That hysteria is much a, “We can find a way to get cheaper. The board and the shareholders are pushing us to go to China.”
MEXICONOW: A few years ago customers of Tier 1 and Tier 2 suppliers out of Mexico reportedly all but told these suppliers they had to get to China. What went wrong?
Dr. Lawrence: Automotive is a different industry for there is a growing automotive market in China. In the location equation it was a matter of anyone wanting to serve North America from China who was usually making a mistake. If you are thinking about serving China you got a different story.
MEXICONOW: What was a cost factor that seems to have been most overlooked for those who went to China to try to serve North America?
Dr. Lawrence: Inventory! For the past 20 years I have done inventory observation.
Nobody wants to admit how much it costs to hold inventory. Nobody wants to do the hard math to calculate how longer lead times and higher variability associated with those lead times affect inventory. So starting with the first one — holding costs of inventory – there are four categories: cost of capital; cost of storage space; cost of obsolescence and cost of insurance and taxes.
It’s really easy to ignore obsolescence and assume it is going to be the same to ship it across the Pacific Ocean; think again! Insurance and taxes may be a wash, but those are small numbers. Big numbers include storage costs and, especially, the cost of capital. More often storage costs are underestimated, especially if one carries a larger inventory. Instead of the often predicted 10 percent, it is closer to 18 to 24 percent for the costs of storage of inventory.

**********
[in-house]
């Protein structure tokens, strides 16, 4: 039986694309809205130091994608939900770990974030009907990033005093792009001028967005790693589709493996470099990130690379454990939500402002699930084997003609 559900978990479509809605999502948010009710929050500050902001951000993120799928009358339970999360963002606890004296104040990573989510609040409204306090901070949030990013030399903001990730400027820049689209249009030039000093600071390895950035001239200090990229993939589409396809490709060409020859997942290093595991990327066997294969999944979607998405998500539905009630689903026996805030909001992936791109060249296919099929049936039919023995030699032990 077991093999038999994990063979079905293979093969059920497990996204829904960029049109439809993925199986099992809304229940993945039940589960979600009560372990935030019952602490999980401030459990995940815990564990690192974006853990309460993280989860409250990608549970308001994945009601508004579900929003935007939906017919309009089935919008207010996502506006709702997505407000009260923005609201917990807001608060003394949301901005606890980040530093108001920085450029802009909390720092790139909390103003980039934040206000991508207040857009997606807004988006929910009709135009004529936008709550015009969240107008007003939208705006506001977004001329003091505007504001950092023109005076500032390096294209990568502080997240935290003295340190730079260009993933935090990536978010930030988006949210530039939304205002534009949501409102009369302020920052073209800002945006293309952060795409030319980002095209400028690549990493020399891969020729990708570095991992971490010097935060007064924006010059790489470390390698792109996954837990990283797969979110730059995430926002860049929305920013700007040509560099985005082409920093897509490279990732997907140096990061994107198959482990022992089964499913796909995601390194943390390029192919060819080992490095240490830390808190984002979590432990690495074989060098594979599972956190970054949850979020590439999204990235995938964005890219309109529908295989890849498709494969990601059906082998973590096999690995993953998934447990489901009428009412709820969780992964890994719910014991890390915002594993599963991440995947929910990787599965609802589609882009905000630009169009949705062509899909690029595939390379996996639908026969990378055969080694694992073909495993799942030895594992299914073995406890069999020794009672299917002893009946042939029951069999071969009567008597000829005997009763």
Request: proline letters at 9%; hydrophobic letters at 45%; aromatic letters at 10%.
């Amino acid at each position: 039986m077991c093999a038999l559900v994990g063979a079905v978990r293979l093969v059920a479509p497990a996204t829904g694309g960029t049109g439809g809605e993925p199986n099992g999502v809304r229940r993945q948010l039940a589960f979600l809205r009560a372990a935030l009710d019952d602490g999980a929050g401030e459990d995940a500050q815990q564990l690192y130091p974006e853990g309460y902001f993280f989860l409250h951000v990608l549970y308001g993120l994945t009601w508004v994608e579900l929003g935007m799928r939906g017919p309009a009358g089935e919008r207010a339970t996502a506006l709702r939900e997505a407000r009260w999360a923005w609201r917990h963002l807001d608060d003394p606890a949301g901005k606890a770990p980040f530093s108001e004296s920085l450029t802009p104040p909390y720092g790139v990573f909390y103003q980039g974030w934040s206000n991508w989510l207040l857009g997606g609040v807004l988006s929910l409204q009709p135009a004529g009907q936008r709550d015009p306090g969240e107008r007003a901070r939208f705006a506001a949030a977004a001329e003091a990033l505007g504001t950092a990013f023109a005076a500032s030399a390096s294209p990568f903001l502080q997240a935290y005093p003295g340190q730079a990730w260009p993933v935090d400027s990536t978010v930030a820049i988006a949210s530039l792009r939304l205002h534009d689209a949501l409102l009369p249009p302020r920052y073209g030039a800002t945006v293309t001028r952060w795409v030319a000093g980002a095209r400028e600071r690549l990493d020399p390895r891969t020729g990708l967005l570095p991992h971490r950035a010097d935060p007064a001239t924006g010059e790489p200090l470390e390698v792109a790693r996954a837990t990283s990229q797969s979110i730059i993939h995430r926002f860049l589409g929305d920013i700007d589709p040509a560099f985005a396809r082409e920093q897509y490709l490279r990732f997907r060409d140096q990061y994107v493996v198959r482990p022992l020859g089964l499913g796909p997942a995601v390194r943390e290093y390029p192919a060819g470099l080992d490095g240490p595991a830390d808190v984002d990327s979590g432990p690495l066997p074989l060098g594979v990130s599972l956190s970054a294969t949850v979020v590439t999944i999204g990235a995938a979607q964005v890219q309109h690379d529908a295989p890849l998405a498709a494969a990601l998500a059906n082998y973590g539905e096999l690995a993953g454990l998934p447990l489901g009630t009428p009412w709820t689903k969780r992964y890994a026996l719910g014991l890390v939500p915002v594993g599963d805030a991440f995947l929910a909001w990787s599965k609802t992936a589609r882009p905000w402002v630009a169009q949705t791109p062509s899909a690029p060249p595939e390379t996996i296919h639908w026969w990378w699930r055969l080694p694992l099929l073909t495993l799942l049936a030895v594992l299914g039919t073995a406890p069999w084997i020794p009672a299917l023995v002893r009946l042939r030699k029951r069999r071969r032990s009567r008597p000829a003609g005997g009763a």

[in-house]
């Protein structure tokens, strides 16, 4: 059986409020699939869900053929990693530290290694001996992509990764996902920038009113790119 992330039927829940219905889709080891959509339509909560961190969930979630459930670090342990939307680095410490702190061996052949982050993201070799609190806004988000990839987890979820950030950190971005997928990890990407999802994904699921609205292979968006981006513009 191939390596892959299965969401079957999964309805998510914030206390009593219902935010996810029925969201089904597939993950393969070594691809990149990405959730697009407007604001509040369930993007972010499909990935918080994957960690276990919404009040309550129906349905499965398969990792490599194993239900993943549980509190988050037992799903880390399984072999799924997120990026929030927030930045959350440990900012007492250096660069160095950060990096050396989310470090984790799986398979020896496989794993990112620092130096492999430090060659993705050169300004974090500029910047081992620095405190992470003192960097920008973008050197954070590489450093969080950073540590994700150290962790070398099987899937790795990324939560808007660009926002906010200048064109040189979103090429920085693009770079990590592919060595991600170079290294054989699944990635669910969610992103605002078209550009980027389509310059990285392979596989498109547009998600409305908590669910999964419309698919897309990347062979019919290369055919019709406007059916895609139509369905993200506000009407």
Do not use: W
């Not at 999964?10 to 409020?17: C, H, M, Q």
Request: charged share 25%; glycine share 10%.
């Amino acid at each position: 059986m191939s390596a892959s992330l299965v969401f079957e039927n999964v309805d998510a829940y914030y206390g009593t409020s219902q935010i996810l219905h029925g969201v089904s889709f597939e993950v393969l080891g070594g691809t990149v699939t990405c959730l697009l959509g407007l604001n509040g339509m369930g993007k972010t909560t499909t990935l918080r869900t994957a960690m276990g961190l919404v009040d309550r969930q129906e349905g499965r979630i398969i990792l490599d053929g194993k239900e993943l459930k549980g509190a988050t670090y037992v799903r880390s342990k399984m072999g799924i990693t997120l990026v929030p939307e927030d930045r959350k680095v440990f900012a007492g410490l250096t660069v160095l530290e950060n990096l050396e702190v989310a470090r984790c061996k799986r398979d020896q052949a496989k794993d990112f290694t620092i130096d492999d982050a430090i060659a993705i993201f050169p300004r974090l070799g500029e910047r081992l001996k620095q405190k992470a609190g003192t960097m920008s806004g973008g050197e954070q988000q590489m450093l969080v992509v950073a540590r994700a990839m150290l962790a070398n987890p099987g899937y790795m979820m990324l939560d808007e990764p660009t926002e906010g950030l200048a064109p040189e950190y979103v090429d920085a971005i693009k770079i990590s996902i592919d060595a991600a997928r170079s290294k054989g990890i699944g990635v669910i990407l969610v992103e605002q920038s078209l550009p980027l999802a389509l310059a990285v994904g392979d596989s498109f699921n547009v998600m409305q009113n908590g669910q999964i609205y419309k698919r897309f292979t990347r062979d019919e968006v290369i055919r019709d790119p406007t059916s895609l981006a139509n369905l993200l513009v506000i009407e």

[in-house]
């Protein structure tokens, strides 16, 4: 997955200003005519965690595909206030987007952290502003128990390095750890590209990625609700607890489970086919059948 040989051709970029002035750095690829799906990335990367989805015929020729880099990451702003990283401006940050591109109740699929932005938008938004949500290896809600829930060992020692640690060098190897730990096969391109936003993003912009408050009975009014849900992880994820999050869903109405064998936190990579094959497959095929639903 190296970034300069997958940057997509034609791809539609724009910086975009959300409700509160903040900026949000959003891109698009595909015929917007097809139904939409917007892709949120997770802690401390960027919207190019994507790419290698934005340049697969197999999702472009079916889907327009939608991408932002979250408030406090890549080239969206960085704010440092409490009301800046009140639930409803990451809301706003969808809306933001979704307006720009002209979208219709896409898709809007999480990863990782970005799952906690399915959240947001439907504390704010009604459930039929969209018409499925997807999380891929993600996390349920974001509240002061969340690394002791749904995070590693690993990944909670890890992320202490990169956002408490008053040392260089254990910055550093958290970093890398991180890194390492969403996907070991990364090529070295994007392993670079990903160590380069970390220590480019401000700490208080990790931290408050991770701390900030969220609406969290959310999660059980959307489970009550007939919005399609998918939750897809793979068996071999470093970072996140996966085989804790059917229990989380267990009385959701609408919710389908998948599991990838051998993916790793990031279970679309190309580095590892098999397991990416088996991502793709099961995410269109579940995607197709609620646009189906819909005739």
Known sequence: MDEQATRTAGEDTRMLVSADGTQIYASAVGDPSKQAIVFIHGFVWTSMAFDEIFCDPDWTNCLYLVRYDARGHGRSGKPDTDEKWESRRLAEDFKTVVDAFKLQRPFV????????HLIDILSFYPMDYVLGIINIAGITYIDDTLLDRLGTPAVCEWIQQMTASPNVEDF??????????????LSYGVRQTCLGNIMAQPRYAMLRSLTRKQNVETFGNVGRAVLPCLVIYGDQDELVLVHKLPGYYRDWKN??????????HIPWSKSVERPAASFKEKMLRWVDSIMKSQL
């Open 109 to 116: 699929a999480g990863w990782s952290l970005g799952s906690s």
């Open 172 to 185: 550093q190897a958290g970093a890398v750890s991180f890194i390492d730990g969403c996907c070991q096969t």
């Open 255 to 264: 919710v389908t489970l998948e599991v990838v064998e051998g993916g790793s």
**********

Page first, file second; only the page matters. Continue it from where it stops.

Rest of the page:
When you move over to the cost of capital, no one wants to admit that cost into the calculation of inventory holding costs. The reason is that cost of capital for many of these firms in a non-risky environment is at least 15 to 20 percent.
In a high-risk environment, like going overseas, it’s got to be 25 to 40 percent! Add up the storage and capital costs with the longer lead time and then you have to explain why you are holding so much inventory. Nobody wants to do that.
They’ll never admit how high holding costs are.
MEXICONOW: What about the costs of additional lead time?
Dr. Lawrence: It’s a big number and you add that to the cost of holding inventory.
All too often, no one questions the variability of that lead time. Because if we can’t get the shipment to take place on time, we are probably looking at an additional three weeks to six weeks or months to get the product in there. The variability of that is going to explode your forecasting issues. It is going to explode your issues regarding virtually everything you’re engaged in for inventory planning – and explode your inventory even further. Inventory holding costs alone tell us that serving North America from Asia is not viable.
But they didn’t calculate that. They didn’t want to; they did not want to admit to themselves how much shipment was going to cost. They stay there three or four years and still try to figure out why they are losing money.
MEXICONOW: Another problem would be expedited shipments – usually resulted from poor planning or sudden shifts in demand.
Dr. Lawrence: About 10 percent of all international shipments get expedited.
From Mexico, you can expedite UPS with a one- or two-day delivery. You expedite out of China, you have to go air. That can be prohibitively expensive. That, all too often, is not factored in at the level it should have been.
MEXICONOW: How costly is security in this equation?
Dr. Lawrence: In this one, Mexico loses. China has pretty good security. The United States has excellent security. That is an issue we in this region have to deal with. The way to deal with it is calculate the private security costs and add that into consideration.